[rescue] Rescue me from Sun's screw ups!
Billy B. Bilano
mr.bill.bilano at email.server.unix.bill.bilano.biz
Tue Jul 13 15:41:05 CDT 2004
(I originally posted this to another Sun mailing list but they were all
crazed people and left a bunch of mean comments on my guestbook! Boy,
what a hornet's nest that list was! But, I am the bigger man so I just
put their words behind me and move on, so here's my question and I am
ready for you to help me...)
First let me tell you all that I don't use those metatools, that is all
a bunch of balderdash that makes no sense to anybody. The only way to
interact with the system at a lower level is via the command line.
Anybody who is anybody in the UNIX world knows that the command line is
text and therefore superior!
In order to speed up my network connections, I've decided to try some
hard drive style technology by using the RAID5! Raids lets you use the
parity information to account for the corrupt packets inherent in any
network, those darn crazy inodes, and to keep the fat table in order.
This technology will also allow my network connections to go faster and
to finally eliminate that ever-glowing collision light on my switches!
The first thing that I needed to do was to create the state databases to
keep track of what interfaces are playing what roles. To do that, the
command I used was:
# metadb -a -f-c 42 /dev/bge
Ok, that went great! Then I needed to build the raid5s for the network.
This is very easy to do, and I can see why Solaris outsells Linux
because of this. Off the topic a bit, but why did they use RedHat as a
name? I know what a blackhat, a whitehat, and even a greyhat are -- but
what is a redhat? I think it might be communist (like RedChina) since
the GPL is from the old Soviet Union. But I digress. So, to set up the
raid5 on the Solaris, I do is this thing:
# metainit d5 -r /dev/bge0 /dev/bge1 /dev/beg2 /dev/bge3
Ignore any errors that come up from that, as they are just for debugging
purposes only and don't mean anything. You can add > /dev/null if you
want to suppress them!
After that, you need to organize the machine correctly. Part of this
involve creating the network interface on the boots. To do this, simply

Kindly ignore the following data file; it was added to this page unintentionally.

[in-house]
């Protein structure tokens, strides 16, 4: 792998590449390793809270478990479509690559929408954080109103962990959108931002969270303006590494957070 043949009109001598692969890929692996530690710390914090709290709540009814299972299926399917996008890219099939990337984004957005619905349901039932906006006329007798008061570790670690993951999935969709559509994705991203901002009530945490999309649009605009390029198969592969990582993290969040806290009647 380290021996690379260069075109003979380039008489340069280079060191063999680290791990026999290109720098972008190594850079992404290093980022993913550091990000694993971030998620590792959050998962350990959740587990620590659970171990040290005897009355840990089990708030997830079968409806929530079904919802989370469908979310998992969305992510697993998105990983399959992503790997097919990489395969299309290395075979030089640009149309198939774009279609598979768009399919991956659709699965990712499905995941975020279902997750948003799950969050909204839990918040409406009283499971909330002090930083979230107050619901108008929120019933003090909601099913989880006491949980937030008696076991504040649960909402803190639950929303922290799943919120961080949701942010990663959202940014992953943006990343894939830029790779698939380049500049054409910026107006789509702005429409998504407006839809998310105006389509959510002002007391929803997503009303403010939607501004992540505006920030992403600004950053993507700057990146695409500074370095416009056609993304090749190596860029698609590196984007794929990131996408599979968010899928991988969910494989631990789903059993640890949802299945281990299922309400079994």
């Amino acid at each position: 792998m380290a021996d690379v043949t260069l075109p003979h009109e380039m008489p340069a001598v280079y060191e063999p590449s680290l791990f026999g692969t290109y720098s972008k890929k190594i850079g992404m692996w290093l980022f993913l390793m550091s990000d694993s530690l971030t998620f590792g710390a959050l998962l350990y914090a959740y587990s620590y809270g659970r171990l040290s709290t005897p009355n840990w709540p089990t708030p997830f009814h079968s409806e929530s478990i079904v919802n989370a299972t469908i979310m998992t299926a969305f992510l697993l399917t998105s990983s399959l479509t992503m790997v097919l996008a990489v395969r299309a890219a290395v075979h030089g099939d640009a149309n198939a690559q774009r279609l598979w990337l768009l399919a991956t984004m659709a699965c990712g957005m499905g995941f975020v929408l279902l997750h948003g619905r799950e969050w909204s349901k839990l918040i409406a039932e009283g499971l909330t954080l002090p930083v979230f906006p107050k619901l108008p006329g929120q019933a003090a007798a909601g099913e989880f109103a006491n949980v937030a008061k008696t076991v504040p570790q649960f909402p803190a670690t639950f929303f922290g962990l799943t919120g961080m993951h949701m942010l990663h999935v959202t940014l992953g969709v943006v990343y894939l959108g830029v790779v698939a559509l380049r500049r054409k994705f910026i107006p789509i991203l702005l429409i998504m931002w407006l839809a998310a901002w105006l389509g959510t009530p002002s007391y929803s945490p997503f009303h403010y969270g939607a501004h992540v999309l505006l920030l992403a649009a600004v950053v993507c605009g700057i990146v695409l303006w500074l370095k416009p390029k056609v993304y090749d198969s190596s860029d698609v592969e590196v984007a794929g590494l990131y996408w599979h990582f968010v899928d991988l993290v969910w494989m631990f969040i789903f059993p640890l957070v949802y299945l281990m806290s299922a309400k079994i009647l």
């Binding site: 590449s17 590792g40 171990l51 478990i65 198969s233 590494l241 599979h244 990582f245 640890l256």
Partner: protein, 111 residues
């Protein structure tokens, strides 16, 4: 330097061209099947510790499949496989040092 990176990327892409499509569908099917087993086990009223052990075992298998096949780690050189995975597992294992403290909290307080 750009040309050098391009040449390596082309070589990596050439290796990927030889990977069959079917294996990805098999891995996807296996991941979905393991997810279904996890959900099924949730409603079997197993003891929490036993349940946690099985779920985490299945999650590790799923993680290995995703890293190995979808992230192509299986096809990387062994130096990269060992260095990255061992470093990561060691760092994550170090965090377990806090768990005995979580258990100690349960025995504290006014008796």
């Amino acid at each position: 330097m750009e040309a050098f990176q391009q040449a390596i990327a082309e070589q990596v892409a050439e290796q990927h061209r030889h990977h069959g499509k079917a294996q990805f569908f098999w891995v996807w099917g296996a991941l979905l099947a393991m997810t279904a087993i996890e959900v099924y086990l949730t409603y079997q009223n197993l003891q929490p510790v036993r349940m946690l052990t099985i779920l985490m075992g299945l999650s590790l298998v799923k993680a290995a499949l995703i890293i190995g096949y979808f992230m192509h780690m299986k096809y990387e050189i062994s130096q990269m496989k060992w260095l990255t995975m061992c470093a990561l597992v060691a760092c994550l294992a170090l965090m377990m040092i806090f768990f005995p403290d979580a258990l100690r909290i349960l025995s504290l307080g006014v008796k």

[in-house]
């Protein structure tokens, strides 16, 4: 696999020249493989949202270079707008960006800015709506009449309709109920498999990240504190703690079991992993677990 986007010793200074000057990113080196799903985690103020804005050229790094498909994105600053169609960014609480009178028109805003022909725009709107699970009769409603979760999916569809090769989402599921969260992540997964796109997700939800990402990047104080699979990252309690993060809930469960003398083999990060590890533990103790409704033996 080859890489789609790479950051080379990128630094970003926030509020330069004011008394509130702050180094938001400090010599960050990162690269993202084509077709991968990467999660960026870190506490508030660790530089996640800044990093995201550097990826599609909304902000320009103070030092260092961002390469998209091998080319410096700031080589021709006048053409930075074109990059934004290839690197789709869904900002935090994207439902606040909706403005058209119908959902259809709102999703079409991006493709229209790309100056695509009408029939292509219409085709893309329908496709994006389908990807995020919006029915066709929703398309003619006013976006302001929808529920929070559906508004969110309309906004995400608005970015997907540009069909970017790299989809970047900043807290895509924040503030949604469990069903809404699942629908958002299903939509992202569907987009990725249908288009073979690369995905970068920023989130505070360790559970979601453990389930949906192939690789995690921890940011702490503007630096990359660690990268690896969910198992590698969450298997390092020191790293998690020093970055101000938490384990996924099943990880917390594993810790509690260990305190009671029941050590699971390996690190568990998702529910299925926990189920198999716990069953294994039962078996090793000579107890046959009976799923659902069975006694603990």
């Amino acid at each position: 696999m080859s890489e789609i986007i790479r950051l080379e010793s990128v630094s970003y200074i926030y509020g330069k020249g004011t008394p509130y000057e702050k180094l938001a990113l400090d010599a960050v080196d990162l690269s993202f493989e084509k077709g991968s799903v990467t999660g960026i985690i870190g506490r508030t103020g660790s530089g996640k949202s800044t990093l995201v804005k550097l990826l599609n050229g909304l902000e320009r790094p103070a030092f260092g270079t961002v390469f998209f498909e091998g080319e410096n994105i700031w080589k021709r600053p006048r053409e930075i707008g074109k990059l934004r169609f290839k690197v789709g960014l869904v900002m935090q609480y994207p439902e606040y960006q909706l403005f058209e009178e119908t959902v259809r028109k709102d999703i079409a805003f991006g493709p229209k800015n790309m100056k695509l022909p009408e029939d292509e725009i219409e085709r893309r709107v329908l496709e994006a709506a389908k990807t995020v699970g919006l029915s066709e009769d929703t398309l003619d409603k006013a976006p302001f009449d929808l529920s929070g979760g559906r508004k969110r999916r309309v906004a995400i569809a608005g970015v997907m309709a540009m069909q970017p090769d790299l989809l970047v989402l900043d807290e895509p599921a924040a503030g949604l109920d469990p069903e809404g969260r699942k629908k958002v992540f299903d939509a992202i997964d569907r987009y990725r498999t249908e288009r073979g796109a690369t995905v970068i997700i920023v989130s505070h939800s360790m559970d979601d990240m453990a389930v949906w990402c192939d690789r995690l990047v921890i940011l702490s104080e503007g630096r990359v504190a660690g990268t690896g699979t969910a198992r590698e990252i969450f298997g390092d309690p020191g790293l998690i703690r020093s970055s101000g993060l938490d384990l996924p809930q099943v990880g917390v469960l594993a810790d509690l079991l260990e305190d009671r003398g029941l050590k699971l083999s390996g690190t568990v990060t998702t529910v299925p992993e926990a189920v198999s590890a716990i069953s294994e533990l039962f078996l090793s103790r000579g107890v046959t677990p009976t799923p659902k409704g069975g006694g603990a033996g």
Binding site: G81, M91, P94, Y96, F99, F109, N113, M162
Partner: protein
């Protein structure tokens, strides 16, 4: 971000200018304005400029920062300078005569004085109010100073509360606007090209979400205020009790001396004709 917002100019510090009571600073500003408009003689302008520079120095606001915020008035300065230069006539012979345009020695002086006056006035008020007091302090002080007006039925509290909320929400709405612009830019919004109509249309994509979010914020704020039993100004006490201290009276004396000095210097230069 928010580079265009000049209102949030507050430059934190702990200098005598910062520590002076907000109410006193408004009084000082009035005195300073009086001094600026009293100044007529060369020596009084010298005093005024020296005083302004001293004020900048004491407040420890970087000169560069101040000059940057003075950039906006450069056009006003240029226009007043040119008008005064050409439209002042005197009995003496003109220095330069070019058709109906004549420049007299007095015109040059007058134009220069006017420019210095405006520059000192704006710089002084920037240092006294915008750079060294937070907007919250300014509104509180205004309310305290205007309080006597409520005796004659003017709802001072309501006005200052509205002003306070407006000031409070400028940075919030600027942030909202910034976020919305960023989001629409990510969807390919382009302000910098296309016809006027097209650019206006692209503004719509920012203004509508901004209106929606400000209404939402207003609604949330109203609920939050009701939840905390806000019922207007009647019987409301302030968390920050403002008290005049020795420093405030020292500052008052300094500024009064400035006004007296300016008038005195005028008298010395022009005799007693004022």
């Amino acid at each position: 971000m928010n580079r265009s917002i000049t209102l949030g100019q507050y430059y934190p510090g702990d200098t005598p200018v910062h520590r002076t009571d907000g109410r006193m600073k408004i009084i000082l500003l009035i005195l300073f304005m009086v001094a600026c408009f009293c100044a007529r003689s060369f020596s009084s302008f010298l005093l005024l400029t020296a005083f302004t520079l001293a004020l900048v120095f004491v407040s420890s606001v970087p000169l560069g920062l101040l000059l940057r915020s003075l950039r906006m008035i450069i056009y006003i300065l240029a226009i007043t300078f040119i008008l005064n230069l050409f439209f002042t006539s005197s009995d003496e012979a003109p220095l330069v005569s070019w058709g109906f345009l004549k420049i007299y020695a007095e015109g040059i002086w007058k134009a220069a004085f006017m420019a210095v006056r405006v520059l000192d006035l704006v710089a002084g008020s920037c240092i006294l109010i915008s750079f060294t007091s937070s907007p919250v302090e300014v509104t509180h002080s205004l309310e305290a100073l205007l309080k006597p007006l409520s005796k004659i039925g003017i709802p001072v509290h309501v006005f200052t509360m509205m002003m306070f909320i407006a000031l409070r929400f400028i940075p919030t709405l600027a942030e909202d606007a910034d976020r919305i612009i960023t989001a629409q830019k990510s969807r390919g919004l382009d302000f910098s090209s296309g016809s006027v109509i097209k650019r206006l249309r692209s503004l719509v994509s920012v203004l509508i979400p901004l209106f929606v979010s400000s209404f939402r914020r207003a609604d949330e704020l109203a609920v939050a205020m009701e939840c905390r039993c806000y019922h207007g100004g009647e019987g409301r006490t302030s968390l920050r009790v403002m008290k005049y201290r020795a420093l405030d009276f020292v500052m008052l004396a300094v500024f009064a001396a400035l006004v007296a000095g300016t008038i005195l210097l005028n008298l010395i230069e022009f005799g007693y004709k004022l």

follow these simple steps (feel free to cut and paste this if you are
# echo "192.168.1.100 raid5networked" >> /etc/hosts
# echo "raid5networked" >> /etc/hostname.d5
The only problem with this setup is it does not work. I believe
something is wrong with the plumbing of the network interface on boot
up. I have attempted to fix this by doing:
# ifconfig d5 plumb
Even after that it does not work. I think it might be because of my ugly
cisco switch. I think I should replace it with a new DLink managed solution.
I tried to debug this in the obvious ways. Too bad I am not on Solaris
Express, or I could take the fast line to the dtrace and be done with it
but good! Anyways I did this thing:
I need to create a dubugged project for it:
# projadd -u billy raid5it!
Then watch the audits:
# tee ifconfig plumb d5 |praudit| grep -i WARNING | grep -x `pgrep
praudit` > /tmp/errors
From that I see that some dumber installed Damien Reed's ipf. Heh, that
was a mistake for them! Everyone knows that was pulled and replaced with
pf because Reed was putting trojams into the kernel space to pull
packets for the Russians! I had to remove it:
# rm -rf /dev/ipf
# cat /etc/system | sed 'r/ipf/gotya!/' > /etc/system
But then after I rebooted, I can't get it up. It says invalid system
map. Any one know what is wrong? I opened a ticked with Sun Sliver
Support, but I don't trust them cause their call center seems to be from
England and I know that they are still mad at us for seconding the
French Navy to win our war for us against the red-coats. So I thought I
would turn to the good sunhelpers on this list!
Help little old Bill out here a bit... could you please?
P.S. Check my bloglog! http://www.bilano.biz/ -- I wrote a neat greylist
app for postfix, too, dudes!
Mr. Billy B. Bilano, MSCE, CCNA
Expert Sysadmin Since 2003!
'C:\WINDOWS, C:\WINDOWS\GO, C:\PC\CRAWL' -- RMS
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